Just because something looks bigger doesn’t mean it’s actually bigger. If you’ve ever watched Your Bleeped Up Brain, you’re no doubt aware of the tricks the brain can play when it comes to shapes and masses, and apparently, if you’ve consumed beer at the CenturyLink Arena, you’ve unknowingly witnessed the phenomenon too. At least that’s what a new lawsuit concerning beer sizes is claiming.
According to ESPN, the issue centers around the difference between the small and large sized beers at the CenturyLink Arena, or more specifically, the alleged lack of difference between the small and large sized beers. Apparently, the larger size is a whole lot taller, but it’s actually more narrow. Consequently, when its contents are poured out, ever drop allegedly fits comfortably into the small size, which, if true, would make the $4 and $7 price differences kind of a big scam. And if there’s one thing people hate, it’s paying more for less booze.
So, how could this possibly happen? Well, it mostly likely has to do with pour lines. According to the team’s Facebook page, the small size beer is 16 ounces and the large size beer is 20 ounces. In an effort to prevent spilling, however, beers are rarely filled to the top. Instead, they’re usually filled up to a line, but if that line is a little higher on the small and a little lower on the large, given the tiny difference in ounces, it’s easy to see why the team would be unknowingly charging extra money for an optical illusion.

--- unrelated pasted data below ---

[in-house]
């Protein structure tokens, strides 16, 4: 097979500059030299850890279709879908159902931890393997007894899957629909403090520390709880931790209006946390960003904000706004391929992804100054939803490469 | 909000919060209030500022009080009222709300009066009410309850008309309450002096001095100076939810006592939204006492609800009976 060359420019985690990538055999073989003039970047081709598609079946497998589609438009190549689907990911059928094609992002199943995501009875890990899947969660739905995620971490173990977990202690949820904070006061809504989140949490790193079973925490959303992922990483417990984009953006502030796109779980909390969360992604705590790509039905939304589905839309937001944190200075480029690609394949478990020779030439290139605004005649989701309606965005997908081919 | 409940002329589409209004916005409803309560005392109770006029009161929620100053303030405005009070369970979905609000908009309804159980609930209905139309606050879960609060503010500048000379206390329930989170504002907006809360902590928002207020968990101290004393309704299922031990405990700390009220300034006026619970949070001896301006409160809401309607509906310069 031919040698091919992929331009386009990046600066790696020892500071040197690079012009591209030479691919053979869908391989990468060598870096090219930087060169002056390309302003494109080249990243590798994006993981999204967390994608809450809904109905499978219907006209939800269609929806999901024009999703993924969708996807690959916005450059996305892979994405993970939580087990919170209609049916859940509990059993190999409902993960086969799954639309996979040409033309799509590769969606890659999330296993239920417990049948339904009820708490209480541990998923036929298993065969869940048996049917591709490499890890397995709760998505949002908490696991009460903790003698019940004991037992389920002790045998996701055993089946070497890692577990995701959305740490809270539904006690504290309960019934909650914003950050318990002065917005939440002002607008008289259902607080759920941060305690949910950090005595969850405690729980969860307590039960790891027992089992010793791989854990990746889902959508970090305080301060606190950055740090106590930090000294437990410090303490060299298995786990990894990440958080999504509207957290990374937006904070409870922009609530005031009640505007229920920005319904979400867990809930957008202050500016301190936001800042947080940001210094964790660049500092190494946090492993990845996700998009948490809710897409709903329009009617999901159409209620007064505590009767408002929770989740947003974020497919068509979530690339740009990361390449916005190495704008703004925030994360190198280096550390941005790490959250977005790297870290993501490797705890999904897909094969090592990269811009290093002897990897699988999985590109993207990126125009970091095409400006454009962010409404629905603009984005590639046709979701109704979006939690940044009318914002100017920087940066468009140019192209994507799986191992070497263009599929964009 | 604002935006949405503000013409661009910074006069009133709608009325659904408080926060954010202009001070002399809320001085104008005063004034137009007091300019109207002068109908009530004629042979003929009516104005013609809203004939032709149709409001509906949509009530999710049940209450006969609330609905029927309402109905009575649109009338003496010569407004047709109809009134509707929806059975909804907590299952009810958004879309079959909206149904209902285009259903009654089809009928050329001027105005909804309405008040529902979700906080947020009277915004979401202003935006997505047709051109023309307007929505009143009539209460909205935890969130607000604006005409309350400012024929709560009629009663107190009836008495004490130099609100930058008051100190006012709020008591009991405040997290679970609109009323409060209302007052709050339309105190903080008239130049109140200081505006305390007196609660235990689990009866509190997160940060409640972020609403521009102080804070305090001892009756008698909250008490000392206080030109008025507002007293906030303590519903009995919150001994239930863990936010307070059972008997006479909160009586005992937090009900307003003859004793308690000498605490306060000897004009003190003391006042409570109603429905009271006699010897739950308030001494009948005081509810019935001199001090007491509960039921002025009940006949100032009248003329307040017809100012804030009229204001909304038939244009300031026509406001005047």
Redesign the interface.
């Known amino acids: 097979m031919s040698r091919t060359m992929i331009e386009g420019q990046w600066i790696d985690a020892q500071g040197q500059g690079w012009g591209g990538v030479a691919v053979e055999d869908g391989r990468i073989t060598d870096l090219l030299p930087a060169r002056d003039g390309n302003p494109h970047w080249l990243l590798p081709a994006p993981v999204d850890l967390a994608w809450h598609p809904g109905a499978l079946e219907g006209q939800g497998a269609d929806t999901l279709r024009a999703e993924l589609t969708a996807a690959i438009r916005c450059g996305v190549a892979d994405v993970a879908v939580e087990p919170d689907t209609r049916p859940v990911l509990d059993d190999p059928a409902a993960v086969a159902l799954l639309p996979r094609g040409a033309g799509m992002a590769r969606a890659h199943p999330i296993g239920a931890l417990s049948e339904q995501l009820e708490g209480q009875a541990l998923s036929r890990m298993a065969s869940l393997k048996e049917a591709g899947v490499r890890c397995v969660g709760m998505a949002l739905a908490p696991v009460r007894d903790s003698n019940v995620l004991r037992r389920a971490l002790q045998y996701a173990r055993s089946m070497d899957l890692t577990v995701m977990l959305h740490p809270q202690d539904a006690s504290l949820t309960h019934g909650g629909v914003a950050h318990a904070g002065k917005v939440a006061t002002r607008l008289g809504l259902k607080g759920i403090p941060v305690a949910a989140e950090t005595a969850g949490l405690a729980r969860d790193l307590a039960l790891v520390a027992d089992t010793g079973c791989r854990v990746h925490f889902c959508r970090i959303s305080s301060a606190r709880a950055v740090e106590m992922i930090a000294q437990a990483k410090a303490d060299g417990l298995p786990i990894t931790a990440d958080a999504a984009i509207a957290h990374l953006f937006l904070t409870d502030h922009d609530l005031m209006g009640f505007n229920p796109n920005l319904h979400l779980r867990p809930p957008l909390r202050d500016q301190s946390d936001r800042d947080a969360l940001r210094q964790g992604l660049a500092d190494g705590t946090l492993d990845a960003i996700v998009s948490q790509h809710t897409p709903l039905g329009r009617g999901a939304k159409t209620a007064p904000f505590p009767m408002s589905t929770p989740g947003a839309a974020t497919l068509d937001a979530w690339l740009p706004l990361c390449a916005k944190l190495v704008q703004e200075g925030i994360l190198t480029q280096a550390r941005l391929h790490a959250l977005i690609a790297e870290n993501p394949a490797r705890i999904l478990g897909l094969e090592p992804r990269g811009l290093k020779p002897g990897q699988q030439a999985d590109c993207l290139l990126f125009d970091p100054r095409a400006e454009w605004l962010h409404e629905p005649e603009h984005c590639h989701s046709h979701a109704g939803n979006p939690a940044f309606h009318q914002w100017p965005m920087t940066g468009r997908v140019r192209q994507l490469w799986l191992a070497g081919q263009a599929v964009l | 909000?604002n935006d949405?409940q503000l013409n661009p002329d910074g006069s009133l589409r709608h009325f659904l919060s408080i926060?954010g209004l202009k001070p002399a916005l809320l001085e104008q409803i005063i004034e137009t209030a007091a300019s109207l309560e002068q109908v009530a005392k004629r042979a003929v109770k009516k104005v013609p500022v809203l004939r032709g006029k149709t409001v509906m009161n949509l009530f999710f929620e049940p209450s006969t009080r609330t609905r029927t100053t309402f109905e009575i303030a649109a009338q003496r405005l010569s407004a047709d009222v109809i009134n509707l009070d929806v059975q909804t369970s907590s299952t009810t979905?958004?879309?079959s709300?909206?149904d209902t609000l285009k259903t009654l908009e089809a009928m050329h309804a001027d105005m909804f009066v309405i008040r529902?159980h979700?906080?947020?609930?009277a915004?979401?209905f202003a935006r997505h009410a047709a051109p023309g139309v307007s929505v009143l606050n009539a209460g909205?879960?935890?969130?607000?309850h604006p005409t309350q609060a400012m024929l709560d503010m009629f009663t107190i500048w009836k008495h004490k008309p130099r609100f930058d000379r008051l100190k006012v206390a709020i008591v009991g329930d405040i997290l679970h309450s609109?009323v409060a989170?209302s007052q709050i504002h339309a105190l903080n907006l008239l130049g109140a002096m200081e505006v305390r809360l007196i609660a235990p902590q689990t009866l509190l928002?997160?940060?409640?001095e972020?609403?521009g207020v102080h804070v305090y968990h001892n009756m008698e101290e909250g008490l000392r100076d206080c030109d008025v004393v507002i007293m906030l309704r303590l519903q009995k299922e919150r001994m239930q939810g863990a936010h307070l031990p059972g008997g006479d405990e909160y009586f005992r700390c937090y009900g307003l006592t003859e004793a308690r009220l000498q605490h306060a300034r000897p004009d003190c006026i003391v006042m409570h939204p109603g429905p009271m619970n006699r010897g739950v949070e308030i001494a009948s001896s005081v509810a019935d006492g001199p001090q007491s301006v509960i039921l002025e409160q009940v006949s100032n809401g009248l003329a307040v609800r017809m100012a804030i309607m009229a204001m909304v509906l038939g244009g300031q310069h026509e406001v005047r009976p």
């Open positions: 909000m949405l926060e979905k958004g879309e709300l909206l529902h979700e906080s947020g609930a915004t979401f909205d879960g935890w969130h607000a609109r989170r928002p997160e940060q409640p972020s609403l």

You can check out the viral video that inspired the lawsuit below…
At least four fans have now banded together to file a lawsuit against the Arena. They claim the proprieters have been ripping everyone off at $3 bucks a large beer for at least five years, and they would like everyone involved to get their money back. Executives have already announced they will immediately begin serving 24 ounce large beers at the same price to make up for the snafu, but it’s unclear whether that will appease the pissed off hockey fans.
Enthusiastic about Clue, case-of-the-week mysteries, the NBA and cookies at Disney World. Less enthusiastic about the pricing structure of cable, loud noises and Tuesdays.
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